Unlocking avian museum collections to enable and advance environmental change research. Norris, K., Bond, A.L., Cooper, J.H., Adams, M.P., van Grouw, H., White, J., Stervander, M., Russell, D.G.D., Loader, S.P. 2023 Ibis. DOI: 10.1111/ibi.13271 VIEW

Natural history museums and herbariums across the world have over 1.1 billion specimens, yet only 16% of these are digitally discoverable (Johnson et al. 2023). In the UK, there are more than 130 million specimens held in over 90 institutions and if you visit the bird collections at the Natural History Museum in Tring, UK you will see drawers and jars of specimens – skins, skeletons, nests, eggs and whole specimens in spirit or alcohol.

Figure 1 Avian collections at the Natural History Museum, UK. Specimens preserved in spirit or alcohol (left), skins being measured (centre), eggshells (top right) and skins showing the labels (bottom right). © The Trustees of the Natural History Museum, London.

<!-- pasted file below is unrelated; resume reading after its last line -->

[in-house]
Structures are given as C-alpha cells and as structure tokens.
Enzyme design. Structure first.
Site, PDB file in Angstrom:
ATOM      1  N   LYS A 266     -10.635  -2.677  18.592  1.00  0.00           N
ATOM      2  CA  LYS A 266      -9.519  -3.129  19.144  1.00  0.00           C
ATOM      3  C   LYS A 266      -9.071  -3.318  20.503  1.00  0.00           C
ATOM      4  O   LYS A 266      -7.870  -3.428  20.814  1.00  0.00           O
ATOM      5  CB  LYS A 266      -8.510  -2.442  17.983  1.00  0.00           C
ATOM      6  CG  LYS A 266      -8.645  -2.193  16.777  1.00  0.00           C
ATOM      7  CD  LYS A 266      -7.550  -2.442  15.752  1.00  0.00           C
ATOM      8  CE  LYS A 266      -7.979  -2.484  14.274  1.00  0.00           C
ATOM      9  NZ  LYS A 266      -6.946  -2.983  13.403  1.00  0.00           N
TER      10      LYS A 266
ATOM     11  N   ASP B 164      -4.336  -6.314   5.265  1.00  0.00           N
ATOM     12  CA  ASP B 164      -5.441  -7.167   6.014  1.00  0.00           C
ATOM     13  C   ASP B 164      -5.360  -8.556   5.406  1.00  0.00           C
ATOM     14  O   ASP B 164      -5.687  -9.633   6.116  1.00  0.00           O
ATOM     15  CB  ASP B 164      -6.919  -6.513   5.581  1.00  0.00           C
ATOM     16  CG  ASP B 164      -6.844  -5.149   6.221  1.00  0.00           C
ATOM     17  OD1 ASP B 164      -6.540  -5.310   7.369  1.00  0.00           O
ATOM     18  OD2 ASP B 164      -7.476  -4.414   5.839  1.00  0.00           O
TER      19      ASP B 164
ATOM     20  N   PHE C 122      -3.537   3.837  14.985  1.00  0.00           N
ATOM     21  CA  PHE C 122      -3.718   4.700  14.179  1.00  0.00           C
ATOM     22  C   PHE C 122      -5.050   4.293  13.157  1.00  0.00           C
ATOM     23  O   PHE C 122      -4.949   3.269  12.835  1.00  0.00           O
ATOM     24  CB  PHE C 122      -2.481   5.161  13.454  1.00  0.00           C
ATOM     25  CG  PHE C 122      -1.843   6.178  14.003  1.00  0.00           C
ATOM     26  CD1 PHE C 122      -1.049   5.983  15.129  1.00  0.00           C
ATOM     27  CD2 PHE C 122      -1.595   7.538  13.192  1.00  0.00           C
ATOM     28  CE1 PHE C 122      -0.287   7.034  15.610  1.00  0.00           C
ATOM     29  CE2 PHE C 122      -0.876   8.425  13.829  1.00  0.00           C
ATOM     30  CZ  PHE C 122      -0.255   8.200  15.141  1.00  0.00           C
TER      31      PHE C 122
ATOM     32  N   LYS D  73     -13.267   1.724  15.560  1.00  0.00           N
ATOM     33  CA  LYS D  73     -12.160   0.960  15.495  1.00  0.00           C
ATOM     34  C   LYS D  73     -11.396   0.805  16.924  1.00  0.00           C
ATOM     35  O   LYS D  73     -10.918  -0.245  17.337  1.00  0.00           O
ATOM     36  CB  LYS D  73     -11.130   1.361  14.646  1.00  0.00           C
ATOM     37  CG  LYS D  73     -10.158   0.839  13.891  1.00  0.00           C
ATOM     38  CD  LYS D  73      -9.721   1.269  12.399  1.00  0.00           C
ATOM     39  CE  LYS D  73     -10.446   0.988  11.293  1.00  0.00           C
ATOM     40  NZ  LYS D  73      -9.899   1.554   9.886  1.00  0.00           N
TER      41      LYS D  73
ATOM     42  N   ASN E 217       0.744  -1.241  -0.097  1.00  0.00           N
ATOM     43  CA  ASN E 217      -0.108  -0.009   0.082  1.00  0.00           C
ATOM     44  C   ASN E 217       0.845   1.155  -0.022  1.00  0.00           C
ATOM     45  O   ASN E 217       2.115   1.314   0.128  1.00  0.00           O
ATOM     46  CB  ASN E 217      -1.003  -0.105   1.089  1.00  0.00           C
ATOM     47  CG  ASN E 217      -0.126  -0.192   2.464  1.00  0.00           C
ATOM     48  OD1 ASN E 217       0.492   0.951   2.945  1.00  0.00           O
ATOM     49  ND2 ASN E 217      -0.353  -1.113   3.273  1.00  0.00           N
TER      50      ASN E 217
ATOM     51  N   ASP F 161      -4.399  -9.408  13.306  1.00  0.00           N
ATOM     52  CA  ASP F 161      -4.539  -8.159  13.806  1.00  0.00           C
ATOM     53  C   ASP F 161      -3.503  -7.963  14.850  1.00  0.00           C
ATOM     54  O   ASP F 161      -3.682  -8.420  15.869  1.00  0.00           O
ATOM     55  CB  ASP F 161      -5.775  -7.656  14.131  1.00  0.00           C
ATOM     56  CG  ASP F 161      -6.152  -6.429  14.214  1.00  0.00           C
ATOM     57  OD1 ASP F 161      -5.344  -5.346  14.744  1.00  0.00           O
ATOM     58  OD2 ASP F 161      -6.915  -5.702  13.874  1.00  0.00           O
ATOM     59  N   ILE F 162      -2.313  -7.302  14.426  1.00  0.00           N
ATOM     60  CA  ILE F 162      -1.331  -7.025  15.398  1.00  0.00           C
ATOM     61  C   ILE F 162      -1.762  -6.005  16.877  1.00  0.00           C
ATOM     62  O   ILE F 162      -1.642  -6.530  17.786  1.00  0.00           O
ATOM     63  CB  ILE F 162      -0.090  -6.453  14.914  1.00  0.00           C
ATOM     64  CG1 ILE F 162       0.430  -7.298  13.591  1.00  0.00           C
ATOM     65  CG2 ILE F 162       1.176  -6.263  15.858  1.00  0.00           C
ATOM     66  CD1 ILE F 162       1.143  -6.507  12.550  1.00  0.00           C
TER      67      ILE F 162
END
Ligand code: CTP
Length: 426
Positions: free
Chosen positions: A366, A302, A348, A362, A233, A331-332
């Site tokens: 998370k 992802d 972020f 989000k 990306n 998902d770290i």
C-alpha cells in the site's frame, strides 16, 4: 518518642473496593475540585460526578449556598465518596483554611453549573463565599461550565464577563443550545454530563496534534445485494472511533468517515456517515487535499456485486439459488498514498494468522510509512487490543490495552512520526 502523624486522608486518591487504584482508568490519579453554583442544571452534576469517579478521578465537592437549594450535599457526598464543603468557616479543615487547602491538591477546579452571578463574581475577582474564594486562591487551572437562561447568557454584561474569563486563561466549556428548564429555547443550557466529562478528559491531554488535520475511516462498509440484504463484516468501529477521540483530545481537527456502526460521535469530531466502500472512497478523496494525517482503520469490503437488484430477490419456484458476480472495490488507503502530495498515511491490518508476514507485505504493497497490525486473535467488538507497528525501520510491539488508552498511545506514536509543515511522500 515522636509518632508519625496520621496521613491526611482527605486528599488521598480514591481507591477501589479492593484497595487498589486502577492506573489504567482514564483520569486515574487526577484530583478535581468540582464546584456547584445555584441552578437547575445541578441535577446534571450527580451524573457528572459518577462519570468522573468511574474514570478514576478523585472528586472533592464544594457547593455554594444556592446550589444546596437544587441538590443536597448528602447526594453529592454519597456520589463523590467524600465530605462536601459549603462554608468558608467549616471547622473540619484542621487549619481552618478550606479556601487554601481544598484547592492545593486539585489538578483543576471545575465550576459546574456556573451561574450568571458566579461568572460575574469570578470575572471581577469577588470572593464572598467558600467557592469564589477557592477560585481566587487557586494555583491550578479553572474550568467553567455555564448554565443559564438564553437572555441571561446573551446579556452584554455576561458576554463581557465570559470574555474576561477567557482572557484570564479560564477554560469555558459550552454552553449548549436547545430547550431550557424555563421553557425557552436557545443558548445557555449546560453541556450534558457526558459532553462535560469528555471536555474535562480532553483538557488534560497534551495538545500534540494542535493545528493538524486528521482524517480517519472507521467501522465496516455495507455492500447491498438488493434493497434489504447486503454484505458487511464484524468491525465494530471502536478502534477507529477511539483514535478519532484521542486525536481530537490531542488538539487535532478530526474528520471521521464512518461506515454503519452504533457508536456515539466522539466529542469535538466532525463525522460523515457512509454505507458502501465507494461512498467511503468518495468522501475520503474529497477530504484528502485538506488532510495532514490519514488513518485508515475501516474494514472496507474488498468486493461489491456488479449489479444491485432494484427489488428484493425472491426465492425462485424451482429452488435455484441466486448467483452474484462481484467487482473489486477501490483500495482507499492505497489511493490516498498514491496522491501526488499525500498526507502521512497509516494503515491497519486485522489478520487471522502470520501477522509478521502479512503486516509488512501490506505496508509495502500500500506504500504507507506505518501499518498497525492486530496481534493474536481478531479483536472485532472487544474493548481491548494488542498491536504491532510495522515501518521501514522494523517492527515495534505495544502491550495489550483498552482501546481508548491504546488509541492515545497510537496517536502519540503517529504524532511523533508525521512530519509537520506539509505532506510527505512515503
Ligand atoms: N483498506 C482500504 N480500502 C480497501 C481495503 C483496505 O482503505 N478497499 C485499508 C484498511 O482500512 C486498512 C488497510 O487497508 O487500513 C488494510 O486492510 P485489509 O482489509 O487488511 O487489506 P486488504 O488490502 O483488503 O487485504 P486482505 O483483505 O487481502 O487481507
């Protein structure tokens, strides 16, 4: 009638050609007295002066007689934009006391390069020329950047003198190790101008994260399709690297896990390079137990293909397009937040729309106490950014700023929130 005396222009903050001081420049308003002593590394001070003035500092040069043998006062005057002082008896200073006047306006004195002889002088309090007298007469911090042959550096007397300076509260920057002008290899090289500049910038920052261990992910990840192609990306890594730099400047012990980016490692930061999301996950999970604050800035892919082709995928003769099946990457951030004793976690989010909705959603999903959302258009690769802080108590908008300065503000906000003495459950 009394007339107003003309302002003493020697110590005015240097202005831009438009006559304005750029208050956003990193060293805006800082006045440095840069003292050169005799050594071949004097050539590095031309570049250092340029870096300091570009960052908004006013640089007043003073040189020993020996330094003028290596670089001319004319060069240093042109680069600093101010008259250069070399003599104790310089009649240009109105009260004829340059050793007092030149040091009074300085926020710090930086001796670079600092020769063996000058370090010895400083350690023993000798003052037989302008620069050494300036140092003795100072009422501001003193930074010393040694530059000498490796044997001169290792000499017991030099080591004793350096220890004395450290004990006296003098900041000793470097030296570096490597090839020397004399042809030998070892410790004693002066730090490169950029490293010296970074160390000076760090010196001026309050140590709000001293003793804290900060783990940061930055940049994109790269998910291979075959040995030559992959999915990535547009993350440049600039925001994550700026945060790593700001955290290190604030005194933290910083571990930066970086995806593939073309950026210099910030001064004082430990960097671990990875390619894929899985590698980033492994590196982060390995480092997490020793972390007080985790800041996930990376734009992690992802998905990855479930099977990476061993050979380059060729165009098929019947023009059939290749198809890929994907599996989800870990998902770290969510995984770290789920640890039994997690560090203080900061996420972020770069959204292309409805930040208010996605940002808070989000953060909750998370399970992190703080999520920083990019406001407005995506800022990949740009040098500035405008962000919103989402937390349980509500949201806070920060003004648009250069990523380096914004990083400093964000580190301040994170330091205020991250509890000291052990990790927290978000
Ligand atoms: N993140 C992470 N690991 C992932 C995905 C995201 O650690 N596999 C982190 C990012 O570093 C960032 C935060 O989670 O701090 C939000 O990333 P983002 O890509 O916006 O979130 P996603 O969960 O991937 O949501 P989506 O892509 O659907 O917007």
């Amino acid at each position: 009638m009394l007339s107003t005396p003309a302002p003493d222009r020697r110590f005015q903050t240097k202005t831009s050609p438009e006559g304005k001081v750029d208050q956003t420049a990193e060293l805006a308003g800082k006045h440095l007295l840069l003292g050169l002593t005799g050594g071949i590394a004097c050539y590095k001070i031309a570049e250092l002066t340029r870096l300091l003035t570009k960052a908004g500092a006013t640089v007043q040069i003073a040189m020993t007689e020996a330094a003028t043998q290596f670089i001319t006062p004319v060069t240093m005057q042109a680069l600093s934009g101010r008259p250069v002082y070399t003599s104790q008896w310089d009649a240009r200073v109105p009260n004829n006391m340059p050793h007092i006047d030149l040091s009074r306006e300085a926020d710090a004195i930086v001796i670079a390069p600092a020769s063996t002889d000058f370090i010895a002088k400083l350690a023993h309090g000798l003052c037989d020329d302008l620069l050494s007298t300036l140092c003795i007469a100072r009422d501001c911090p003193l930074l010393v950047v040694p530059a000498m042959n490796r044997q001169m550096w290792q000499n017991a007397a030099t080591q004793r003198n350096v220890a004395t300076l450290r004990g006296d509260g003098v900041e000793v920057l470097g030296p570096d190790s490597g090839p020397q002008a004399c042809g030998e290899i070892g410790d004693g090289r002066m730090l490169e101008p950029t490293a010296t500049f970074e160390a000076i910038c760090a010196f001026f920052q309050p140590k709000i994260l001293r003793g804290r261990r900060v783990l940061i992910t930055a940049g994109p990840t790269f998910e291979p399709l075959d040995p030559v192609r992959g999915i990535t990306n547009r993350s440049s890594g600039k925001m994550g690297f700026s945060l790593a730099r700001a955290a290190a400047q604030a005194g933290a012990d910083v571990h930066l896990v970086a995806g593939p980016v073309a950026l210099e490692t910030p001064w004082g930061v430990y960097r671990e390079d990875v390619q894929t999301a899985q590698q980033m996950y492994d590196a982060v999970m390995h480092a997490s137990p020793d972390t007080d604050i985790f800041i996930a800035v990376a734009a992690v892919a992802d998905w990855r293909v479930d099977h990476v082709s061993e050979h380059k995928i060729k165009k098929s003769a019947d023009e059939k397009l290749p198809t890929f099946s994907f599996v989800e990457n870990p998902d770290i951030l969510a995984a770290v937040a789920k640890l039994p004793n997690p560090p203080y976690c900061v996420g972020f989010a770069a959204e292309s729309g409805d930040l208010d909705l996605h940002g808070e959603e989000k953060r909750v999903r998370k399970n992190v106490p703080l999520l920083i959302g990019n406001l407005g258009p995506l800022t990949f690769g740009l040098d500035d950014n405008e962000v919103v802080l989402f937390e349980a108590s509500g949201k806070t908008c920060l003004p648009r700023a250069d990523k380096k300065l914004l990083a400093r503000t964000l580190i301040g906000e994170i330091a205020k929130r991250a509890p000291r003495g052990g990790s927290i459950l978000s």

In fact, there are over one million specimens, representing 95% of extant bird taxa making it one of the largest and most comprehensive collection in the world. That’s an awful lot of dead stuff! But how can this historical material support present day efforts to conserve wild birds and the communities they are part of?

Avian museum collections and their associated literature provide a unique perspective on changes in populations and communities through time. The specimens at Tring were collected between the mid-1700s and today, and hence represent a period of rapid environmental change driven by human activities. Each specimen is a potentially rich repository of data relating to the individual animal and the environment it experienced while it was alive and hence provides insights into past environments that can no longer be sampled.

How have researchers used these data to study environmental change?